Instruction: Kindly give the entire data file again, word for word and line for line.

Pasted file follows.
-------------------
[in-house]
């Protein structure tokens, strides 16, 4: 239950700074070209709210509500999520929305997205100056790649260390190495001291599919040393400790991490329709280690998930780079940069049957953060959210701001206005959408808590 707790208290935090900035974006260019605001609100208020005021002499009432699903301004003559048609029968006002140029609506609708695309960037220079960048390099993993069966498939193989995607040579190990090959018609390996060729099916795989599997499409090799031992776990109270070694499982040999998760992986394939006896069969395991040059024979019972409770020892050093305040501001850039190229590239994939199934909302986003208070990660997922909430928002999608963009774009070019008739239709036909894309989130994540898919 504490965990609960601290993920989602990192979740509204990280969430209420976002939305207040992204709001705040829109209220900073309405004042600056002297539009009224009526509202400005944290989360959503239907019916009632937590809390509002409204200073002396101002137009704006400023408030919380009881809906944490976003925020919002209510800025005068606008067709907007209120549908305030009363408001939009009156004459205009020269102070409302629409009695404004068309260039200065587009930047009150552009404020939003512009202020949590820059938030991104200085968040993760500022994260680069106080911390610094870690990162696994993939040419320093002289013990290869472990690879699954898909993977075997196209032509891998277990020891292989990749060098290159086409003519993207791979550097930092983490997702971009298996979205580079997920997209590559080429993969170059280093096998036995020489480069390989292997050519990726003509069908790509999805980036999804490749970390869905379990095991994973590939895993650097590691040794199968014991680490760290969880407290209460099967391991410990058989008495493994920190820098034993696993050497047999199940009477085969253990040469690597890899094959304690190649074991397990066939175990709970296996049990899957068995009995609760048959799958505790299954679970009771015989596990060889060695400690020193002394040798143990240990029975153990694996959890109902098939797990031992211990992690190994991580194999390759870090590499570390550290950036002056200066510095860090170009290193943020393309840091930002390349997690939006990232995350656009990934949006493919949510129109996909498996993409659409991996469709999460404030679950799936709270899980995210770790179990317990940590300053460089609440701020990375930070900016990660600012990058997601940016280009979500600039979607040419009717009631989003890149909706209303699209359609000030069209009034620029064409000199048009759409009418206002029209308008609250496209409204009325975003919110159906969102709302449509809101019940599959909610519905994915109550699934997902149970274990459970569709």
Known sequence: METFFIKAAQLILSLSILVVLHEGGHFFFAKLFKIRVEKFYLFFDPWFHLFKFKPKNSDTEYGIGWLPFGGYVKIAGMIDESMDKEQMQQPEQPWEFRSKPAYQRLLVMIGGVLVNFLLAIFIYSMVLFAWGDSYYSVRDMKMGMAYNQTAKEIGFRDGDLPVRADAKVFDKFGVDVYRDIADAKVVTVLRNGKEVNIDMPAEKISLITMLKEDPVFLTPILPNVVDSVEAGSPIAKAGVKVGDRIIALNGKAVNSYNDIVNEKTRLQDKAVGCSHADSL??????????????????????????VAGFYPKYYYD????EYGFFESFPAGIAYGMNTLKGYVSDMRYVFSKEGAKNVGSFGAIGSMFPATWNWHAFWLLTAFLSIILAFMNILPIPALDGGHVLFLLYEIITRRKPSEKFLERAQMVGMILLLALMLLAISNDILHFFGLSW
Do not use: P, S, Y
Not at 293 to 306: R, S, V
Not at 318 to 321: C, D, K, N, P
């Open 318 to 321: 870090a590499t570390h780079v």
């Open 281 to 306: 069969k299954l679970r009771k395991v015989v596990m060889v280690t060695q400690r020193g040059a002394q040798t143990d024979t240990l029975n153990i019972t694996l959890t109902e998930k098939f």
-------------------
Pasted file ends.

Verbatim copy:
[in-house]
């Protein structure tokens, strides 16, 4: 239950700074070209709210509500999520929305997205100056790649260390190495001291599919040393400790991490329709280690998930780079940069049957953060959210701001206005959408808590 707790208290935090900035974006260019605001609100208020005021002499009432699903301004003559048609029968006002140029609506609708695309960037220079960048390099993993069966498939193989995607040579190990090959018609390996060729099916795989599997499409090799031992776990109270070694499982040999998760992986394939006896069969395991040059024979019972409770020892050093305040501001850039190229590239994939199934909302986003208070990660997922909430928002999608963009774009070019008739239709036909894309989130994540898919 504490965990609960601290993920989602990192979740509204990280969430209420976002939305207040992204709001705040829109209220900073309405004042600056002297539009009224009526509202400005944290989360959503239907019916009632937590809390509002409204200073002396101002137009704006400023408030919380009881809906944490976003925020919002209510800025005068606008067709907007209120549908305030009363408001939009009156004459205009020269102070409302629409009695404004068309260039200065587009930047009150552009404020939003512009202020949590820059938030991104200085968040993760500022994260680069106080911390610094870690990162696994993939040419320093002289013990290869472990690879699954898909993977075997196209032509891998277990020891292989990749060098290159086409003519993207791979550097930092983490997702971009298996979205580079997920997209590559080429993969170059280093096998036995020489480069390989292997050519990726003509069908790509999805980036999804490749970390869905379990095991994973590939895993650097590691040794199968014991680490760290969880407290209460099967391991410990058989008495493994920190820098034993696993050497047999199940009477085969253990040469690597890899094959304690190649074991397990066939175990709970296996049990899957068995009995609760048959799958505790299954679970009771015989596990060889060695400690020193002394040798143990240990029975153990694996959890109902098939797990031992211990992690190994991580194999390759870090590499570390550290950036002056200066510095860090170009290193943020393309840091930002390349997690939006990232995350656009990934949006493919949510129109996909498996993409659409991996469709999460404030679950799936709270899980995210770790179990317990940590300053460089609440701020990375930070900016990660600012990058997601940016280009979500600039979607040419009717009631989003890149909706209303699209359609000030069209009034620029064409000199048009759409009418206002029209308008609250496209409204009325975003919110159906969102709302449509809101019940599959909610519905994915109550699934997902149970274990459970569709």
Known sequence: METFFIKAAQLILSLSILVVLHEGGHFFFAKLFKIRVEKFYLFFDPWFHLFKFKPKNSDTEYGIGWLPFGGYVKIAGMIDESMDKEQMQQPEQPWEFRSKPAYQRLLVMIGGVLVNFLLAIFIYSMVLFAWGDSYYSVRDMKMGMAYNQTAKEIGFRDGDLPVRADAKVFDKFGVDVYRDIADAKVVTVLRNGKEVNIDMPAEKISLITMLKEDPVFLTPILPNVVDSVEAGSPIAKAGVKVGDRIIALNGKAVNSYNDIVNEKTRLQDKAVGCSHADSL??????????????????????????VAGFYPKYYYD????EYGFFESFPAGIAYGMNTLKGYVSDMRYVFSKEGAKNVGSFGAIGSMFPATWNWHAFWLLTAFLSIILAFMNILPIPALDGGHVLFLLYEIITRRKPSEKFLERAQMVGMILLLALMLLAISNDILHFFGLSW
Do not use: P, S, Y
Not at 293 to 306: R, S, V
Not at 318 to 321: C, D, K, N, P
């Open 318 to 321: 870090a590499t570390h780079v």
């Open 281 to 306: 069969k299954l679970r009771k395991v015989v596990m060889v280690t060695q400690r020193g040059a002394q040798t143990d024979t240990l029975n153990i019972t694996l959890t109902e998930k098939f």